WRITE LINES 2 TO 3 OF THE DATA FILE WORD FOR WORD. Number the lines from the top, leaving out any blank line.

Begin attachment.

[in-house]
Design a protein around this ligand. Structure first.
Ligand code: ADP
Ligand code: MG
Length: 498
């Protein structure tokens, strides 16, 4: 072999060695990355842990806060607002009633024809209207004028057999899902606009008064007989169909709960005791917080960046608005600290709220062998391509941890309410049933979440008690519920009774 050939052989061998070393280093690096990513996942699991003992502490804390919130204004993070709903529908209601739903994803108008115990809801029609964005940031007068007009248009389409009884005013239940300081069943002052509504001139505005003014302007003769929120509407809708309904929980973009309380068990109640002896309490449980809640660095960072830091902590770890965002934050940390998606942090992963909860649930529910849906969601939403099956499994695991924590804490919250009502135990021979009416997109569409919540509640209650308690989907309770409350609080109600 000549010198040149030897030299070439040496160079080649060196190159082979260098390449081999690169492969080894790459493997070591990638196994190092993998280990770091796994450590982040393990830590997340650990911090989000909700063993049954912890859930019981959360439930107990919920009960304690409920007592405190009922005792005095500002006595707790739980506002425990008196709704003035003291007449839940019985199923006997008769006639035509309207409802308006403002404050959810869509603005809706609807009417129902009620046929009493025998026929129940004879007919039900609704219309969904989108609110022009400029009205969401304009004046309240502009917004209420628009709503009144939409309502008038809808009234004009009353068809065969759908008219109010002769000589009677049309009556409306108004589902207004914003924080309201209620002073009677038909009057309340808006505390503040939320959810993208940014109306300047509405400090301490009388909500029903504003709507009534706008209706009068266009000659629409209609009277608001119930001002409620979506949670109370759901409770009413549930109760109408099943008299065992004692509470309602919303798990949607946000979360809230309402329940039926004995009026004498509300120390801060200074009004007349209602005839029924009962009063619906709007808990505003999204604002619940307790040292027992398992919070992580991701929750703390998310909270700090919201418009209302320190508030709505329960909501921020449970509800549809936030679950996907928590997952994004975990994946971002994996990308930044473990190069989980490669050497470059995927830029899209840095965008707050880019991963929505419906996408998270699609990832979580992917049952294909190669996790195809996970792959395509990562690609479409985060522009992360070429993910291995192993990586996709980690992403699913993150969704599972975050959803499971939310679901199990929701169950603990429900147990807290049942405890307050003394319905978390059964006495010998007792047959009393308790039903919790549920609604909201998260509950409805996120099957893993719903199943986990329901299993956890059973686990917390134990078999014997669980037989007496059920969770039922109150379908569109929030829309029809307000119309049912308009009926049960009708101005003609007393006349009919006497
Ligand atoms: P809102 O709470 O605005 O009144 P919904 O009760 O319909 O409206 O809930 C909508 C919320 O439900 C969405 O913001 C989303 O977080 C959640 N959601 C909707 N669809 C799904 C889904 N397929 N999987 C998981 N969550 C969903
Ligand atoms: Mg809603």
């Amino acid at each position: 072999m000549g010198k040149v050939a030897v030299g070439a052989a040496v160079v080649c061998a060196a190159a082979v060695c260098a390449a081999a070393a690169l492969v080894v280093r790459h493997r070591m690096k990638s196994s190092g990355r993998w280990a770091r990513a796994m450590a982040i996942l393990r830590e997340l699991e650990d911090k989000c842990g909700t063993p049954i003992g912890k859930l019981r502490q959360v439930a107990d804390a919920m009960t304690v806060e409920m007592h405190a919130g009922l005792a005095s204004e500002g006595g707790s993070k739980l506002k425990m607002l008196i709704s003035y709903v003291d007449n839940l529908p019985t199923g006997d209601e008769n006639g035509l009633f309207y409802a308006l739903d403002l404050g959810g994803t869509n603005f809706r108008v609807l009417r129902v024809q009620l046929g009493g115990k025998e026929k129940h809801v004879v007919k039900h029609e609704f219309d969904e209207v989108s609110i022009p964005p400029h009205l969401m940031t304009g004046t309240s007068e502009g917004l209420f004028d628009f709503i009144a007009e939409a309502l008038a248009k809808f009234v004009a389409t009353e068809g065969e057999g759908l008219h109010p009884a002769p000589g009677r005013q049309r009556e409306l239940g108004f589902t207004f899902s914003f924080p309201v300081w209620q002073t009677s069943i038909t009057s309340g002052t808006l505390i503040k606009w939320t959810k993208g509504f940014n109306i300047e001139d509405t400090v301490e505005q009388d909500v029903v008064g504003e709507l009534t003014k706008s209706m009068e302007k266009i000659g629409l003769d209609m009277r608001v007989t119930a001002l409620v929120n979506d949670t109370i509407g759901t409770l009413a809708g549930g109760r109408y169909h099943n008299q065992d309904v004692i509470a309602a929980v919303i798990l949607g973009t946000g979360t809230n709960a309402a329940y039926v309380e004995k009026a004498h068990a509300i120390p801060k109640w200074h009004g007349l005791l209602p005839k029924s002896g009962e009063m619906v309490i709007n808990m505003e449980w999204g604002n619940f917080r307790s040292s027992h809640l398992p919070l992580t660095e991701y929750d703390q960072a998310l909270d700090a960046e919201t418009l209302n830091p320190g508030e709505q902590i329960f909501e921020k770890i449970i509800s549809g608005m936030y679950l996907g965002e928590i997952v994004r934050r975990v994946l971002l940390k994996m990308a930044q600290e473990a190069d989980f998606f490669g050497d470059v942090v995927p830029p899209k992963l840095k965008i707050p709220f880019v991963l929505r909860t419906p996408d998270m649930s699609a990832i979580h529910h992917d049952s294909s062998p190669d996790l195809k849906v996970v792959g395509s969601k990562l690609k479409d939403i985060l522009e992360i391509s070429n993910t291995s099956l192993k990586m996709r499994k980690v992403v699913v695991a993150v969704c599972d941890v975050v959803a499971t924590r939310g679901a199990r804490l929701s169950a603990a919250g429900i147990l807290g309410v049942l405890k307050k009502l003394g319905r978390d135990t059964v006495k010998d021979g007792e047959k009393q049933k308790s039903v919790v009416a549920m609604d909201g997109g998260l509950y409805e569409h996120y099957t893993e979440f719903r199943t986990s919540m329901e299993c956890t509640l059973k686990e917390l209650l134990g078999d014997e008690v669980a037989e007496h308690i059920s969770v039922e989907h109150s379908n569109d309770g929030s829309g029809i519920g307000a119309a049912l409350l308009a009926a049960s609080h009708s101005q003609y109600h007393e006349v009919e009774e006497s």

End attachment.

Design a protein around this ligand. Structure first.
Ligand code: ADP